As our nation learned during the riots of the 1960s, and is tragically re-learning today, segregation in housing is both a major cause and effect of our urban problems and inequality. Partly in response, Congress enacted the Fair Housing Act in 1968, with the explicit purpose to “provide, within constitutional limitations, for fair housing throughout the United States.” For almost four decades, every appellate court that has considered the issue and the Department of Housing and Urban Development (HUD) under both Republican and Democratic administrations have interpreted the Act to prohibit conduct that has a discriminatory effect based on race, color, religion, gender, disability, or familial status without a good justification. The issue in Texas Department is whether the Court will overturn that standard and rule that you don’t have a case under the Fair Housing Act unless you can prove specific intent to discriminate.

Why is this important? On a practical level, requiring proof of intent will make fair housing enforcement much more difficult; as one court noted, “clever men may easily conceal their motivations.” More broadly, discrimination and segregation often result from policies that may not be motivated by specific bad intent but that build on historic and systemic patterns of discrimination and lock out racial and other minorities. The “disparate impact” test, which is the legal term for the standard based on unjustified discriminatory effects, has helped combat that problem.

For example, in one case a building policy that imposed a limit of two people per bedroom resulted in the effective eviction from a one-bedroom apartment of a young couple who had just had a child. The policy was challenged based on disparate impact. It turned out there was no good business justification for the policy, and 150 units were opened up for families with children as a result. Similar challenges to policies that excluded disabled veterans by requiring residents to have full-time jobs or zoning restrictions that excluded racial minorities by requiring large lot sizes have helped break down long-entrenched problems of discrimination and exclusion.

All eleven federal courts of appeal that have considered this issue since the 1970s have approved the disparate impact standard. As explained in a brief to the Supreme Court by former Republican and Democratic HUD appointees, HUD has also followed this standard for decades. As a former HUD official and career-long civil rights attorney, I know the importance of the disparate impact test. As I wrote in a law review article more than 35 years ago, “only by concentrating on effect can the issue of discrimination be realistically addressed at all.”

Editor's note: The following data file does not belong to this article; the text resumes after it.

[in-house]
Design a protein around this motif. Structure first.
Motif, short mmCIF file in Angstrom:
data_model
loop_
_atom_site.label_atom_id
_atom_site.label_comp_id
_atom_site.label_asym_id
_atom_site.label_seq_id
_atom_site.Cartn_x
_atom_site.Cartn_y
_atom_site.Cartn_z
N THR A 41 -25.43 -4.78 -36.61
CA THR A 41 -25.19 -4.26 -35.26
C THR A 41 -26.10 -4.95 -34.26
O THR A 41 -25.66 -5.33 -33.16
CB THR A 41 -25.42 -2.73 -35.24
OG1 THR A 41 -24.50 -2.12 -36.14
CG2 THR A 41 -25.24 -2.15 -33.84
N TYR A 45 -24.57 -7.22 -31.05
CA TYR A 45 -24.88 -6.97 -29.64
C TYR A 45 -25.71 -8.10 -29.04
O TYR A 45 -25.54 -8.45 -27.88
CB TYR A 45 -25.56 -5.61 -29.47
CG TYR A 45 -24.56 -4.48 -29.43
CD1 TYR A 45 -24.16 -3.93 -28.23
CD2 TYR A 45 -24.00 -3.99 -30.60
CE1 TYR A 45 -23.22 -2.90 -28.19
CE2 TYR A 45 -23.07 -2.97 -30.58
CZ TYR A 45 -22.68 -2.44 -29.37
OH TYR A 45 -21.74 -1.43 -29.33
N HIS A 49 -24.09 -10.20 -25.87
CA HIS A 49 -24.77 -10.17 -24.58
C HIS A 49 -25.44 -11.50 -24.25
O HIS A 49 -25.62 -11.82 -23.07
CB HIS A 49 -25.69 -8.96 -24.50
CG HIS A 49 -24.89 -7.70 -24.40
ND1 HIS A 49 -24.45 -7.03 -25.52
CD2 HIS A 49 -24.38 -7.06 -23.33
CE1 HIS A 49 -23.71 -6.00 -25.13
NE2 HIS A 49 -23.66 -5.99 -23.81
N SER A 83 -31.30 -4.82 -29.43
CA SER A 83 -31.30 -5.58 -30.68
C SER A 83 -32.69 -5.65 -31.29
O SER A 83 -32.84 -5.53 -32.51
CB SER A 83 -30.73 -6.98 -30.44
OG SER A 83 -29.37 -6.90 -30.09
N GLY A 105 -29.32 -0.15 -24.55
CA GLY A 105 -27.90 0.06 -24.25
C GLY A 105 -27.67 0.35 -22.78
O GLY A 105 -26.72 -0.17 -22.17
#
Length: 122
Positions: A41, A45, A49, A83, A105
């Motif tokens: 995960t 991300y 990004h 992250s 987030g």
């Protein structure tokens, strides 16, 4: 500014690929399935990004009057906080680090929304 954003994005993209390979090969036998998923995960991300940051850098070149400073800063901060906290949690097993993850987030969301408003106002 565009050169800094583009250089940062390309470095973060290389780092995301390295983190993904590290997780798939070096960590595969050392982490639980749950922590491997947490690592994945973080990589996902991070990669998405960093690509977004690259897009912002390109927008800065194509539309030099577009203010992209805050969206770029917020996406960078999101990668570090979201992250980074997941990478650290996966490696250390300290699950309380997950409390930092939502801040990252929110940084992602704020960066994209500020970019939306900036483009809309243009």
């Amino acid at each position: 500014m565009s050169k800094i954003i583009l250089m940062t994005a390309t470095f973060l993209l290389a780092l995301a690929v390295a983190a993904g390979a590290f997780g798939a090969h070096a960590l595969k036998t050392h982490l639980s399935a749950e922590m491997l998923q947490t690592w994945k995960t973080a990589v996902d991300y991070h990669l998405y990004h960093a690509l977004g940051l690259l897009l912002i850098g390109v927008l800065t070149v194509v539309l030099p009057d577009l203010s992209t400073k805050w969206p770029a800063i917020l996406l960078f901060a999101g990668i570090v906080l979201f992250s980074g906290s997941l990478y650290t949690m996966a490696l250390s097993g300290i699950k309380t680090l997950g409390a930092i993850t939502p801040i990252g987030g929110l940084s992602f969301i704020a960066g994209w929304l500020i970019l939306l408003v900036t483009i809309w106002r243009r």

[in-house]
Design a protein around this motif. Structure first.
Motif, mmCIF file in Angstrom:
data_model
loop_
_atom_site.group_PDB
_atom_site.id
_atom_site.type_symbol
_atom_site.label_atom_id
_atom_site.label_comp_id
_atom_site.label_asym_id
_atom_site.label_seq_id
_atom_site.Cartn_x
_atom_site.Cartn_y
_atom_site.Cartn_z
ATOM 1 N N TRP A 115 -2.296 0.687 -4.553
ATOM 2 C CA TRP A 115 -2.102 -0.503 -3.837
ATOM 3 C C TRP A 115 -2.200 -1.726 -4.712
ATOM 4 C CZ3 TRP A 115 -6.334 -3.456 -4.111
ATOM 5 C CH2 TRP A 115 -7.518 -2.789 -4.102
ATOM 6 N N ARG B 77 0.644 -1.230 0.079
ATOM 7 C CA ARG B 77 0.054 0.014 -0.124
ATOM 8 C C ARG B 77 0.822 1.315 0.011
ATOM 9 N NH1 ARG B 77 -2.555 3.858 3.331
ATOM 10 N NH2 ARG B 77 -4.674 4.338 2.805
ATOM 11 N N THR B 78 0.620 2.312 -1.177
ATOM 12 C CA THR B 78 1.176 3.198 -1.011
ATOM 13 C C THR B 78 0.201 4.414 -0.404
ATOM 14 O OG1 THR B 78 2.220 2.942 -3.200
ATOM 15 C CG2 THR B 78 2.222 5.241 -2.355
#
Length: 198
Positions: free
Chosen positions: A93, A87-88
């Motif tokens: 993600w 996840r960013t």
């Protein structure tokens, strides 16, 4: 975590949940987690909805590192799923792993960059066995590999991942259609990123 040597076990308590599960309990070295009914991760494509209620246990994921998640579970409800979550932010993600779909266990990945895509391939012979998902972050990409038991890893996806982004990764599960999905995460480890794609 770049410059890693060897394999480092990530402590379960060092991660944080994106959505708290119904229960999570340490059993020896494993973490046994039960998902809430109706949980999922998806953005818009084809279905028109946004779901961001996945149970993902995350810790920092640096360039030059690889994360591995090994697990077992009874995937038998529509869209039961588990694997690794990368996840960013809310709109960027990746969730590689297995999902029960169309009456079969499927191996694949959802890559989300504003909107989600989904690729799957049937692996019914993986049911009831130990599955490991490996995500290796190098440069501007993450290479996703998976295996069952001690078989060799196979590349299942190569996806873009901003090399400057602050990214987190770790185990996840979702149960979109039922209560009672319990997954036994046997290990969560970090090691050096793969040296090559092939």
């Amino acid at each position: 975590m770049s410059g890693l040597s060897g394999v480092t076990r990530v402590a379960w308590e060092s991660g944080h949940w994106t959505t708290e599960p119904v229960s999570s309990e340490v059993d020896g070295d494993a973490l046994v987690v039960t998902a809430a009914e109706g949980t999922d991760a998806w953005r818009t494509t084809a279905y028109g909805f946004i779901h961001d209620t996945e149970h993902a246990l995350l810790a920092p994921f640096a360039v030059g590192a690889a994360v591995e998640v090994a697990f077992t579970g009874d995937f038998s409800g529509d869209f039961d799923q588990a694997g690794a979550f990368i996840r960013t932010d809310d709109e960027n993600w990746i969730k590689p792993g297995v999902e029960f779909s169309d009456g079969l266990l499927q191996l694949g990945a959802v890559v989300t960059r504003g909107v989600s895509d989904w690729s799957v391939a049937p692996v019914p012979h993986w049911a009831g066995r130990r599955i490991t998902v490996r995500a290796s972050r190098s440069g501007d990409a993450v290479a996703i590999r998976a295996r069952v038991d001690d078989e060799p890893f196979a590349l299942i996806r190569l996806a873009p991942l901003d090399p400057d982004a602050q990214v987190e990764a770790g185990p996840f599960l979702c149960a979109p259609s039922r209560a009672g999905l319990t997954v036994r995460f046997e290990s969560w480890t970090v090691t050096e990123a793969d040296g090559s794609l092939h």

If the Supreme Court overturns the long-accepted disparate impact standard, the continuing problems of discrimination and segregation in our country will only get worse in the years to come. The outcome of this case will have an enormous impact on millions of people throughout America, and on the nature of who we are as a nation.

PFAW Foundation

On Circuit Courts, An Opportunity for McConnell to Show He Can Govern

Mitch McConnell should allow a vote on Kara Stoll, to dispel the fears he generated that he won't allow votes on any circuit court nominees.
PFAW

We're Finally Talking About 2016's Most Consequential Issue: The Future of the Supreme Court

Yesterday, in a speech in Texas on the importance of voting rights, Hillary Clinton made one of the most important remarks of her campaign so far: "We need a Supreme Court who cares more about the right to vote of a person than the right to buy an election of a corporation."
PFAW

Money in Politics Survey Shows the Toxic Legacy of the Roberts Court

Overwhelming majorities recognize the corrosive impact money in politics has on our democracy. Why doesn't the Roberts Court?
PFAW Foundation

Cornyn and Cruz Are Devastating Texas Courts

Waiting 15 months after learning of a planned vacancy before even beginning the process to fill it is hardly a sign of deep commitment to the federal courts in Texas.
PFAW

On the 7th Circuit, It's Time for Ron Johnson to Get Out of the Way

It is long past time to fill the nation's oldest appellate court vacancy, which has been open more than five years.
PFAW

Cornyn and Cruz Haven't Helped Their Own Judicial Nominee

Nearly three months after unanimous committee approval, a Texas nominee still has not gotten a confirmation vote.
PFAW

Harry Reid Calls Out Pat Toomey on GOP Blocking of Restrepo

Senator Toomey seems all too willing to sacrifice Pennsylvanians' interests to his party’s political goals.
PFAW

Judicial Elections and Government Integrity at the Supreme Court

It isn’t just judges who risk the appearance of corruption when they engage with funders.
PFAW Foundation